Figure 4. Genome-wide association with coat colors of Chinese Rex rabbits. After testing all SNP effects with a mixed linear model (top panel), the most significant SNP (OCU4:13,434,448) was fitted as a covariate for re-testing of SNP effects (middle panel). Both significant SNPs (OCU4:13,434,448 and OCU4:11,344,946) were simultaneously fitted as covariates for re-testing of SNP effects (bottom panel). The dashed line represents the genome-wide significance threshold.


Table 2. Frequencies of reference alleles for the two (near-) significant SNPs.

We further investigated the annotated genes within this candidate genomic region (including 500 kb upstream of OCU4:11,344,946 and 500 kb downstream of OCU4:13,434,448), identifying 51 positional candidate genes in total. Among these genes, the well-studied ASIP gene, which is significantly associated with agouti coat color in rabbits, was located 150 kb upstream of the most significant SNP (OCU4:13,434,448). However, the second-most independently significant SNP (OCU4:11,344,946) was located at a large distance, 1.7 Mb upstream of the ASIP gene. Besides ASIP, no other known coat-color-associated gene was found within this candidate genomic region.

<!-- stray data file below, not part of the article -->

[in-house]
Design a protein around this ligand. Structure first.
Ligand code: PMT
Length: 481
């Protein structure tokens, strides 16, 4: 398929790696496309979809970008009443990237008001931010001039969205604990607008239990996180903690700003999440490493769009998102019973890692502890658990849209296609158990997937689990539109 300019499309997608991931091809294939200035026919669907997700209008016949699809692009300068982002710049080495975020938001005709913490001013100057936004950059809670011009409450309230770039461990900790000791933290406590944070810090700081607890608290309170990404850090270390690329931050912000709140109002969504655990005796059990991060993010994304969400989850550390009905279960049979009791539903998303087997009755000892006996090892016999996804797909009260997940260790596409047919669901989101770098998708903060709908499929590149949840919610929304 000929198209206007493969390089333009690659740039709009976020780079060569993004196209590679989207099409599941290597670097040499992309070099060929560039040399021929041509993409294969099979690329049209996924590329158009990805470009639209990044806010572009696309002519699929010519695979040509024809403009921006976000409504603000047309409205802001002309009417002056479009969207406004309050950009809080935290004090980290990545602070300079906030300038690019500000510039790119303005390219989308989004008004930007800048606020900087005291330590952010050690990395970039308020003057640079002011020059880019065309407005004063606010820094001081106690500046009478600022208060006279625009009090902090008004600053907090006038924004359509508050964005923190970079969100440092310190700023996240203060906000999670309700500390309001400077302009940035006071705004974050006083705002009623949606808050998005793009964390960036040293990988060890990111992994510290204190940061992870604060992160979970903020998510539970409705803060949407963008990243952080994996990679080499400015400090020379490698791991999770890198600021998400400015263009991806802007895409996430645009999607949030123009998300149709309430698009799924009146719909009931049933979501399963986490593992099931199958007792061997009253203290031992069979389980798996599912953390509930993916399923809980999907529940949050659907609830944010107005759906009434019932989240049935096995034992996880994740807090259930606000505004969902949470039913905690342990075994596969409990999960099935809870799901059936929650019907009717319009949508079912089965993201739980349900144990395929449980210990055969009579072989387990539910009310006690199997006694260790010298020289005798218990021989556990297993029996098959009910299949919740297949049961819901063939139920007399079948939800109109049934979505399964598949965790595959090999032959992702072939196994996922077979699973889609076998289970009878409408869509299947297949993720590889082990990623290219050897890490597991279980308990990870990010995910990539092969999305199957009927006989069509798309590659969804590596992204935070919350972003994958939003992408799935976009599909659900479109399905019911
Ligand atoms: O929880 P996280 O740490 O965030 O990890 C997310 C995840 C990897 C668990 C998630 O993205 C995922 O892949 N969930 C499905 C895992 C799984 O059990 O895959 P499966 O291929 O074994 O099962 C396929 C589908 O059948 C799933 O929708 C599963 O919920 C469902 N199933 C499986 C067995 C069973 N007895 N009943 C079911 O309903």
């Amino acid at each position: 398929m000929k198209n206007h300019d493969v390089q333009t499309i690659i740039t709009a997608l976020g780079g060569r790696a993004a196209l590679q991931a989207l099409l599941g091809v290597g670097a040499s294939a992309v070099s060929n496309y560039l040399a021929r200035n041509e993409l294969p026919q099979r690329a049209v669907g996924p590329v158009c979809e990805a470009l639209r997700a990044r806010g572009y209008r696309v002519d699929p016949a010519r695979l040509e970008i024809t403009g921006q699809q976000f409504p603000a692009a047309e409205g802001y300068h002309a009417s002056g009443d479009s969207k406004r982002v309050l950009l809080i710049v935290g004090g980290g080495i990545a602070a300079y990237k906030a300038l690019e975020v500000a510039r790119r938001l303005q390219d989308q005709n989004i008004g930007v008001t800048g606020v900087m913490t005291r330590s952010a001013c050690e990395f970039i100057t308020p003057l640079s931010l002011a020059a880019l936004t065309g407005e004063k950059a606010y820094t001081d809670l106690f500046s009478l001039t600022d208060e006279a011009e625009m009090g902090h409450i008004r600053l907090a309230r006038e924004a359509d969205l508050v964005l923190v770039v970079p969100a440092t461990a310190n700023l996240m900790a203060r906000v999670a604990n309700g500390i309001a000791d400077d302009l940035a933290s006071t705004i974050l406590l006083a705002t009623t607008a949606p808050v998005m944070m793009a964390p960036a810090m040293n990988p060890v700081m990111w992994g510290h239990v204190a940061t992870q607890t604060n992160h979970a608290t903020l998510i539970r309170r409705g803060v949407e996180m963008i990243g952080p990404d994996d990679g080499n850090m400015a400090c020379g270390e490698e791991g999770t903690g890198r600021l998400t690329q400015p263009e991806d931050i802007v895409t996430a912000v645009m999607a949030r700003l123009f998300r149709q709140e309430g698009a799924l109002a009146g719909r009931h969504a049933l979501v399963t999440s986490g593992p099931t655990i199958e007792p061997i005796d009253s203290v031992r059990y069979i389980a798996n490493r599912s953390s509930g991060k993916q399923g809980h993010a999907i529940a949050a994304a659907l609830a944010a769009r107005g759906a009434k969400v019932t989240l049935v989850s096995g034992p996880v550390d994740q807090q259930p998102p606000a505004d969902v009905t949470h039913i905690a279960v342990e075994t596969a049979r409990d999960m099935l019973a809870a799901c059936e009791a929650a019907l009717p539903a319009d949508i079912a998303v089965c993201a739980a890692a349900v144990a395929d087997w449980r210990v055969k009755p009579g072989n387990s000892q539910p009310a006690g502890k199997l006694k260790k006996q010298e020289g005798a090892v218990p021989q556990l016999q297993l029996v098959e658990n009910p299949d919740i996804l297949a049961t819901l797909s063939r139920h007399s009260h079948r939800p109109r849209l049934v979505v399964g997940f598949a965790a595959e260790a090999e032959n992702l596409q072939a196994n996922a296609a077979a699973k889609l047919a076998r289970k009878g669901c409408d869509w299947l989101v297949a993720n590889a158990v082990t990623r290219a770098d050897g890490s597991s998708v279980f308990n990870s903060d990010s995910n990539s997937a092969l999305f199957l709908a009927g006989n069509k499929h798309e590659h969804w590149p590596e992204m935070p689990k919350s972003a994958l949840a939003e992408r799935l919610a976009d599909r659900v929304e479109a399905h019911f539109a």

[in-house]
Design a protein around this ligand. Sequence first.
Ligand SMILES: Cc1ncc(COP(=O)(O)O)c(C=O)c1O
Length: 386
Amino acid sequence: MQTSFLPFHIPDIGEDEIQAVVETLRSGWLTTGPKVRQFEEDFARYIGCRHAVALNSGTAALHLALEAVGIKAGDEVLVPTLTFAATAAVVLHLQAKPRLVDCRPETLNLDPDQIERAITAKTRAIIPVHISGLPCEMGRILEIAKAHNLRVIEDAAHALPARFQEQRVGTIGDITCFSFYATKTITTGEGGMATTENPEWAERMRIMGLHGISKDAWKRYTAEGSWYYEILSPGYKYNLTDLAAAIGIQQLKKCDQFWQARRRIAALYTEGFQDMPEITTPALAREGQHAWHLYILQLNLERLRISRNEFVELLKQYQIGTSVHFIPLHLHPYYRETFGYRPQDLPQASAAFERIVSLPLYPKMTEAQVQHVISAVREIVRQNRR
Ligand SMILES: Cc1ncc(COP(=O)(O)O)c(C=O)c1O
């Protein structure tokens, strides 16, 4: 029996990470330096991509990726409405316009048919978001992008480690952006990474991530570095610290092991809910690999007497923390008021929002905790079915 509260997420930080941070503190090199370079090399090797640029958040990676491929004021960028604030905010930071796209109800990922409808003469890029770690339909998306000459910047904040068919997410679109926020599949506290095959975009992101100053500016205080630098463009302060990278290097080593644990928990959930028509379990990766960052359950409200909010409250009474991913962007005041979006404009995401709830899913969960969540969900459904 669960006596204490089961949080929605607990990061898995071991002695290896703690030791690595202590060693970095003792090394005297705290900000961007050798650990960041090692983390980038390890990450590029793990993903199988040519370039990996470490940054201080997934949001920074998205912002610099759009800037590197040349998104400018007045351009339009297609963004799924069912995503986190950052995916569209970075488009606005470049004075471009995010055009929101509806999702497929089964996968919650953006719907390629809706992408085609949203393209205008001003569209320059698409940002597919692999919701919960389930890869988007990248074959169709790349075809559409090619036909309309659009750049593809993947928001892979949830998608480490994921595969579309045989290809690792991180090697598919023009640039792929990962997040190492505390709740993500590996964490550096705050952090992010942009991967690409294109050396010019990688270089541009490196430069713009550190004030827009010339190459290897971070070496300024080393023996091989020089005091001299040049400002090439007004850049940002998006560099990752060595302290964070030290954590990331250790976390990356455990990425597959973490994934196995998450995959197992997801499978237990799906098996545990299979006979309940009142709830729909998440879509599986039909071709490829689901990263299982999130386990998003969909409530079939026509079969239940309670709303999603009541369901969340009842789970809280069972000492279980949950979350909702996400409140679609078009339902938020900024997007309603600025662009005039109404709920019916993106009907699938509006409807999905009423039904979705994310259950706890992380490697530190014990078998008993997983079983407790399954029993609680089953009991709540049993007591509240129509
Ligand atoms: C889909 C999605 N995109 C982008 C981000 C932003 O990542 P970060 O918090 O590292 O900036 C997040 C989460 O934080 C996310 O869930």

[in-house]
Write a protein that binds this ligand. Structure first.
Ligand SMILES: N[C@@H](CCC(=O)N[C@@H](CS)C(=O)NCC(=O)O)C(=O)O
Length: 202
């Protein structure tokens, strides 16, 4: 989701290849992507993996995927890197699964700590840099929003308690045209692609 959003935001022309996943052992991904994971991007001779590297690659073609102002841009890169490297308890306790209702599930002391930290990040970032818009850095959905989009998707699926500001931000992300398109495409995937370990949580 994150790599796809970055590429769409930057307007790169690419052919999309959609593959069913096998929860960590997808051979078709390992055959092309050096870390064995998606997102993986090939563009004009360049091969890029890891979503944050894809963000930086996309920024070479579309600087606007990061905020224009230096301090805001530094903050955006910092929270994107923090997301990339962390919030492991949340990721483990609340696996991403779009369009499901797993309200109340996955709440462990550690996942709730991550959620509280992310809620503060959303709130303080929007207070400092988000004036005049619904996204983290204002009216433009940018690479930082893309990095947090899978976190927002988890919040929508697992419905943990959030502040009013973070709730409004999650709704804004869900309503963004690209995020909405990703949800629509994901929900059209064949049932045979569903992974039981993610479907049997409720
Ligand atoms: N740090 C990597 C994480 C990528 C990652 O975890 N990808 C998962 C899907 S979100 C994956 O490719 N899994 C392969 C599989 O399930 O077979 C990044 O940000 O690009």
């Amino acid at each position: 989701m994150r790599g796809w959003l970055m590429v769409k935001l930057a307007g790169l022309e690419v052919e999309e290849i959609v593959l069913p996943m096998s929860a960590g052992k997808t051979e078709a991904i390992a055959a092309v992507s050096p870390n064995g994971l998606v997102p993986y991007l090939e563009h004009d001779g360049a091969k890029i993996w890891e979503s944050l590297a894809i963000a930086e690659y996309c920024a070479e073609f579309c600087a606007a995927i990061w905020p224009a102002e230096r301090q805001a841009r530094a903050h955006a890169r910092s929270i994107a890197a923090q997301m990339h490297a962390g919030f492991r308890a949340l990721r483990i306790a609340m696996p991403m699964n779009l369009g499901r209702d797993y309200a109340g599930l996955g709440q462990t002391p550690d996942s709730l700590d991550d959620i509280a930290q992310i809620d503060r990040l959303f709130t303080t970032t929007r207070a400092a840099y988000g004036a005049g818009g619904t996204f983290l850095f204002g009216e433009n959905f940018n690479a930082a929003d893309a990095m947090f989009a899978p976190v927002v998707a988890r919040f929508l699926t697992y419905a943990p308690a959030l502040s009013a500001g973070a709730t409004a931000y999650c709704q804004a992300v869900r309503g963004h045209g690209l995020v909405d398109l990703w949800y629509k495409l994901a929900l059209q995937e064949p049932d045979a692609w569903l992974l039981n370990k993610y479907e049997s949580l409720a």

Coat color is an important phenotypic characteristic in domestic animals and has been directly subjected to artificial selection (41). It has also been proposed that hundreds of loci/genes play a role in affecting coat color, which (in combination with diverse selection preferences among humans) has ultimately resulted in considerable variation in a wide range of domestic animals (9). In addition to being farmed for the production of meat, wool, and fur, modern rabbits have been kept as a pet animal worldwide, with specific emphasis on the subjective selection of coat color. Therefore, rabbits could represent an ideal case for the identification of candidate genes and causal mutations affecting the expression of different coat colors. With the use of a cost-efficient method, genome-wide genetic variants could be discovered de novo through implementation high-throughput surveys, such as GWAS, for economically important traits and for the investigation of population genetic structures. In this study, we collected six coat color varieties of Rex rabbits raised in China and employed a high-throughput approach to successfully identify genome-wide and evenly distributed SNPs.